We’ve become accustomed to seeing confident use of colour in public spaces (see our previous post) and this seems to be filtering through to our homes as the positive effects of colour become more recognised and sought after. We’ll explain a few points to take note of when deciding on wall colours for your home and look at examples of colour tones that are well suited to our British climate.
We interpret colour in relation to other colours
Colour hardly ever exists in isolation from other colours. Let’s take an example from nature – a walk outdoors offers a variety of colours from vibrant greens, to blue skies and grey clouds, to name a few. Our eye understands each colour in relation to the surrounding colours. So in the picture below, the blue sky seems to be a bit greyer next to the heavy dark clouds.
This concept is important to understand and apply to interior design; choose your wall colours in relation to the floors, furniture and lighting. So if you’ve got pale white floor tiles in your kitchen and dark grey kitchen units, a warmer neutral colour on the walls could help balance the colour palette in the space.
Colour temperatures, colour tones and colour families
The language surrounding paint colours is particularly rich and elaborate. With branded colour names like “Lead White” or “Elephant’s Breath” and descriptions such as “off-white with green tones”, how many people can actually visualise what these labels mean? Understanding the vocabulary used to describe colour can be helpful in identifying shades and how they interact with each other.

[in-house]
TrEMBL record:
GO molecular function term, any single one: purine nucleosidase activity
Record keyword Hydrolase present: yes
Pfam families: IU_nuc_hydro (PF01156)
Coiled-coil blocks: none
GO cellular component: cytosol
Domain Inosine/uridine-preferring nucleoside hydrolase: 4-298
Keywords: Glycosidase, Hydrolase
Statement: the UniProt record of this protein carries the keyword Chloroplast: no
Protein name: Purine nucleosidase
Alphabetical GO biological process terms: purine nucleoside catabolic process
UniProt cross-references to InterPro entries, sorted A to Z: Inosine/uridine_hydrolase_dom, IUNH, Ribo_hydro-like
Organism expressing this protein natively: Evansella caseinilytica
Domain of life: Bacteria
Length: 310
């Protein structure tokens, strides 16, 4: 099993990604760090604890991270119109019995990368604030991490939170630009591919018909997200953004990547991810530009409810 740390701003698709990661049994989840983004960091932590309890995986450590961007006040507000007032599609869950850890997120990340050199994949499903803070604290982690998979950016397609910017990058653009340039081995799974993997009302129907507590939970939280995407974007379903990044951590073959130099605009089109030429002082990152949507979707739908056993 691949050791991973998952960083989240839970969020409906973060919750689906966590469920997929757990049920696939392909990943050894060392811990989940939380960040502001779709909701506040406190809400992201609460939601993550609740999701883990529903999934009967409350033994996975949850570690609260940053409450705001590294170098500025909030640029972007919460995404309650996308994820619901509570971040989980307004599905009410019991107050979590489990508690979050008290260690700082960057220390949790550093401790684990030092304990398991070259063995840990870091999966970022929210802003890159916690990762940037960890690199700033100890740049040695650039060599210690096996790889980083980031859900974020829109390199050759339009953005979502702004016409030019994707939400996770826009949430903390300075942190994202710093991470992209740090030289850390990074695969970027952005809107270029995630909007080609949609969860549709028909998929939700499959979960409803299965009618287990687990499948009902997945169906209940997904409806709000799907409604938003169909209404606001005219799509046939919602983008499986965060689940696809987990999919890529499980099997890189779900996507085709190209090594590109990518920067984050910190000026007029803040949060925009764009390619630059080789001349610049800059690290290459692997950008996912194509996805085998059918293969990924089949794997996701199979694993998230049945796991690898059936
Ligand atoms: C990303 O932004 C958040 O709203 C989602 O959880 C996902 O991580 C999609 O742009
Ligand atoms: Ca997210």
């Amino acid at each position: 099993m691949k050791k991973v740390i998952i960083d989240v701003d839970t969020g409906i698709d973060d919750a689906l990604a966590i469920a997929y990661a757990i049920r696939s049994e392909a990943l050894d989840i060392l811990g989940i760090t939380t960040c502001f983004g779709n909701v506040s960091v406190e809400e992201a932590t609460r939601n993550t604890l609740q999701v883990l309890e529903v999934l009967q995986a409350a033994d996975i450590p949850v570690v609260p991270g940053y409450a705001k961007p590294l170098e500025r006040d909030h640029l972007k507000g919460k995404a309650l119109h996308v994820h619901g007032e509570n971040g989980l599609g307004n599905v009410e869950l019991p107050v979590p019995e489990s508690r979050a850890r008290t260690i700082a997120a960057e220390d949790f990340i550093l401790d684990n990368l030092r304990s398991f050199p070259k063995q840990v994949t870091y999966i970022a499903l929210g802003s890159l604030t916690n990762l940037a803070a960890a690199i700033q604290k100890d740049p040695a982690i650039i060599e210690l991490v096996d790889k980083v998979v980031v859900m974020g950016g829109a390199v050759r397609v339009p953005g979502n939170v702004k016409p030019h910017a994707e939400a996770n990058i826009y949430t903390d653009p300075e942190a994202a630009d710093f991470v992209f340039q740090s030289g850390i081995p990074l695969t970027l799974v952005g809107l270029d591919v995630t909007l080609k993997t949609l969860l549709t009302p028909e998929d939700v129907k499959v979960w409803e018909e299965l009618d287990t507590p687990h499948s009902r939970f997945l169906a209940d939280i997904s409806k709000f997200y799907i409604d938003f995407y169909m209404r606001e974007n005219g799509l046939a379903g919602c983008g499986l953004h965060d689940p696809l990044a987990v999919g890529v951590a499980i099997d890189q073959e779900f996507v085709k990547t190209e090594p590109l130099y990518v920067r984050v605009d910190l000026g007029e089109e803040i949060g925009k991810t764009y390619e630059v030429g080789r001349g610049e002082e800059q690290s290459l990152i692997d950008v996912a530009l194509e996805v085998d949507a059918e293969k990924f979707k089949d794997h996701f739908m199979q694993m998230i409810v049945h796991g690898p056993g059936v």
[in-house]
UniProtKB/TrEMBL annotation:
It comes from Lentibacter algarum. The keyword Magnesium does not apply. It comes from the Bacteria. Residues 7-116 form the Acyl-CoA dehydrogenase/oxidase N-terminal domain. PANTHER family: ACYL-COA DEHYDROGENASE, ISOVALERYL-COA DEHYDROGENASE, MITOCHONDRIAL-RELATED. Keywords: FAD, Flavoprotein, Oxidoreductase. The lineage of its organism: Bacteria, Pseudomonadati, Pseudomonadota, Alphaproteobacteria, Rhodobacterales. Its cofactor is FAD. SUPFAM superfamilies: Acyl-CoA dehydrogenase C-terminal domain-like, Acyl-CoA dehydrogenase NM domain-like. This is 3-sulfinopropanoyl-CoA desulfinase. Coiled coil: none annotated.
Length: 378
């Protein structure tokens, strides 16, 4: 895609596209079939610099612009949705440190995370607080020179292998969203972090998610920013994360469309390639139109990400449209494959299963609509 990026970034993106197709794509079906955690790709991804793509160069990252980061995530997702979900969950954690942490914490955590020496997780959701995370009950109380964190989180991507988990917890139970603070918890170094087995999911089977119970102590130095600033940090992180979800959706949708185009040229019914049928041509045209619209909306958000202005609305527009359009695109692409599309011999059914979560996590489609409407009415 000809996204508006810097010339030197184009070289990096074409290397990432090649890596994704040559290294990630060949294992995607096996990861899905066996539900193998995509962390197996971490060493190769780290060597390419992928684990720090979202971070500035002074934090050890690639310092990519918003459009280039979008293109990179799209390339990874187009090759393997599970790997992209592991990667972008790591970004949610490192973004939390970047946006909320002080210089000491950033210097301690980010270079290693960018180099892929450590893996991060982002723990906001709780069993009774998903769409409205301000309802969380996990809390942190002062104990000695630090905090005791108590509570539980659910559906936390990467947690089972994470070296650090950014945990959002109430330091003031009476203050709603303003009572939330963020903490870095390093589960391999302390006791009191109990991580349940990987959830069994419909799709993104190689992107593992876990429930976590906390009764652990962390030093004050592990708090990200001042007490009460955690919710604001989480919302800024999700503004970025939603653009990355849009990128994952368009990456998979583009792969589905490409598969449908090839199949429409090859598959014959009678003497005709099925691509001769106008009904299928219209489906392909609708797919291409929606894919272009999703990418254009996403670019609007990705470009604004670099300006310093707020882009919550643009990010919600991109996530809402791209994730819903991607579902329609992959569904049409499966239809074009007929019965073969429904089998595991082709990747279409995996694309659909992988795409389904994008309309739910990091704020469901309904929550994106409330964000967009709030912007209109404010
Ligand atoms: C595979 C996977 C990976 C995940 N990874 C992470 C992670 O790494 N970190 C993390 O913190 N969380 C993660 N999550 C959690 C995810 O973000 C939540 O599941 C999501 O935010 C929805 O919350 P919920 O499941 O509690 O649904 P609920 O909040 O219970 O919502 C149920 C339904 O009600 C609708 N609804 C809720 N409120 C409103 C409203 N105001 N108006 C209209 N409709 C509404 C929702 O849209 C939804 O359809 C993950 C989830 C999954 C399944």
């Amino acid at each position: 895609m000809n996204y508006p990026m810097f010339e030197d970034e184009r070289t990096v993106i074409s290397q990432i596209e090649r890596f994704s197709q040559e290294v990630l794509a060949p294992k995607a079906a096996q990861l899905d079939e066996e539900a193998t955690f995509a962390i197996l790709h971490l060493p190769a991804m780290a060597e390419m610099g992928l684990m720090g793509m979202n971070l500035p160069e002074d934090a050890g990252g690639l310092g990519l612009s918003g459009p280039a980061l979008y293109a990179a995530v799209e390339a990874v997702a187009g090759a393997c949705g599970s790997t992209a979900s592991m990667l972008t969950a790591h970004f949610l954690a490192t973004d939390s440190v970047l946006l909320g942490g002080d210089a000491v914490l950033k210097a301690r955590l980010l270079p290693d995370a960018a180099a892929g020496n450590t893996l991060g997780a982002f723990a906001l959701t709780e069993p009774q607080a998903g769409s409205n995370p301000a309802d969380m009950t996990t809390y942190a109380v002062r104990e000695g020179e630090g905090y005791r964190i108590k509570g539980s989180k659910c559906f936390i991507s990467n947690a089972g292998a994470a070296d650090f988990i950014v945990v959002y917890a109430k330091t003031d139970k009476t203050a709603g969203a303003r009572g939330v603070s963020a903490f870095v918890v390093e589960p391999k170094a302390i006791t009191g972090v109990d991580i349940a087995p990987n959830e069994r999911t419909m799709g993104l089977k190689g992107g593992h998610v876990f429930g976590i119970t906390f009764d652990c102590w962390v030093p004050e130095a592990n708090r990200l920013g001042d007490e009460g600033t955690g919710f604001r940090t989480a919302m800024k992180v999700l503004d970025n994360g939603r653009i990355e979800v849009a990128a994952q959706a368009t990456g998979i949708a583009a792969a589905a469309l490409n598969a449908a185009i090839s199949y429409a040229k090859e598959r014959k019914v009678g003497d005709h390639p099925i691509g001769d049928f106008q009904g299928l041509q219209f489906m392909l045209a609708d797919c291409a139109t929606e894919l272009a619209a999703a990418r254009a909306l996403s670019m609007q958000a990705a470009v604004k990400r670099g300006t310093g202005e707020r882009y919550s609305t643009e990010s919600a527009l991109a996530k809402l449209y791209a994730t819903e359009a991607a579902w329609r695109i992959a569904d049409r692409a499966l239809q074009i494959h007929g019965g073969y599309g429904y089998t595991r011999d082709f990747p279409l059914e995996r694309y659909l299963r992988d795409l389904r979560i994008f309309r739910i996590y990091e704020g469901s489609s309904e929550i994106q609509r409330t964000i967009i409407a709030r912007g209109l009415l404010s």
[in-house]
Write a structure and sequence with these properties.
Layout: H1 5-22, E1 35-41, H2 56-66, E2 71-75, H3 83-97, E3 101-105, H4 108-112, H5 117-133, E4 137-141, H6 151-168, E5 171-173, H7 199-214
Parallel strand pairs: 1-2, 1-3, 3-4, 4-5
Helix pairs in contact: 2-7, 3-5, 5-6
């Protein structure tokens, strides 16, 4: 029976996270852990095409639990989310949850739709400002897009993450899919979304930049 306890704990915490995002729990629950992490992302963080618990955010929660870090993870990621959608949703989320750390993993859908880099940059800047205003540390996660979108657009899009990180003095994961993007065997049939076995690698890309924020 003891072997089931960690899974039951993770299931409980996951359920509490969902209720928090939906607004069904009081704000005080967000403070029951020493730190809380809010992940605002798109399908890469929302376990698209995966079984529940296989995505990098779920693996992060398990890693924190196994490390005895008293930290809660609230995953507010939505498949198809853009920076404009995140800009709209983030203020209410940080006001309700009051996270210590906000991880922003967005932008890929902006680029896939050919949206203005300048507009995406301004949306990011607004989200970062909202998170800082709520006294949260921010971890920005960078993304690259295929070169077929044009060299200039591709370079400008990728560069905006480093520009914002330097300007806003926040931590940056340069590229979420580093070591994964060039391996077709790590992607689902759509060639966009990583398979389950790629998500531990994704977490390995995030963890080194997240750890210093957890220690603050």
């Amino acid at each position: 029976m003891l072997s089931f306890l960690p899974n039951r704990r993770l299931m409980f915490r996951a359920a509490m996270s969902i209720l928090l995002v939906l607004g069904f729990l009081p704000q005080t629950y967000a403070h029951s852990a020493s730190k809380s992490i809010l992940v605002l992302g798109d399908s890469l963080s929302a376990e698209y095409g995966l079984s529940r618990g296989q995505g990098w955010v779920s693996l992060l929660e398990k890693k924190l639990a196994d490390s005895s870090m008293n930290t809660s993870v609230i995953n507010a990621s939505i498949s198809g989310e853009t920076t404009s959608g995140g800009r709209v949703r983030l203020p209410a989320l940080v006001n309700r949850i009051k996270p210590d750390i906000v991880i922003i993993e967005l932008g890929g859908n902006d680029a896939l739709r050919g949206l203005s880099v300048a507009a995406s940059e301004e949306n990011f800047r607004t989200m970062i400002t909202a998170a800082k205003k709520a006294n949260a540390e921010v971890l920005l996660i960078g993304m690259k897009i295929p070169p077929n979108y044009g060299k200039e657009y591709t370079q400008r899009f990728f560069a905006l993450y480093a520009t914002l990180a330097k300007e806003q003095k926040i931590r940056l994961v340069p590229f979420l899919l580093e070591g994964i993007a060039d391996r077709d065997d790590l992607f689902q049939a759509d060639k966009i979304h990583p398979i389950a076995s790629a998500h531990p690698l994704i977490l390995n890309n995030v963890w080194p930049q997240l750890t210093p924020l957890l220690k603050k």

Colour temperature is based on the notion that blue feels cool and red feels warm. So, for example, a white colour with a hint of blue feels cool in contrast with a white colour with a touch of red which feels warm.
As you can see above, the variation in colour is subtle, especially when seen in small portions on a screen. However, applied to a large wall surface, this simple concept can have a lot to do with the way you feel in a space.
In technical terms, a colour tone is a colour which is mixed with grey to produce a more muted colour. So if we looked at a purple colour and a purple tone, we’d find that the purple tone is more complex, with a grey colour mixed in that makes it less vibrant.
We like to think of a colour family as a series of shades of any one paint colour, from light to dark. For example, a purple colour could be mixed with various quantities of black and white to create a number of purple grey tones, all belonging to the same colour family.
Colour schemes suited to OUR BRITISH climate
The use of colour in different geographic locations around the world is influenced by two main considerations - the natural lighting conditions and the cultural significance attributed to various colours.
Our British climate rarely provides consistent beaming sunlight, instead we are accustomed to daylight that is filtered through cloud coverage. Because of this, bright wall colours can sometimes feel too saturated or child-like against the diluted grey tones found in the clouds and the filtered light. We tend to favour softer, more muted colour tones, diluted with greys, as these compliment our natural surroundings. As seen above, neutral tones with hints of purple work well in this hallway; purple is made from red and blue, resulting in a warm yet crisp colour scheme.
Tones of aqua/teal greens can work beautifully in large proportions and especially when complimented with natural wood flooring or dark wood furniture. This is because green and red/browns are complimentary colours, found opposite each other on the colour wheel.
We hope you've enjoyed reading this blog post as much as we've enjoyed writing it! The topic of interior colour schemes may seem vast and complex at times, but hopefully these colour theory concepts will give you a better understanding of how to select wall colours for your home.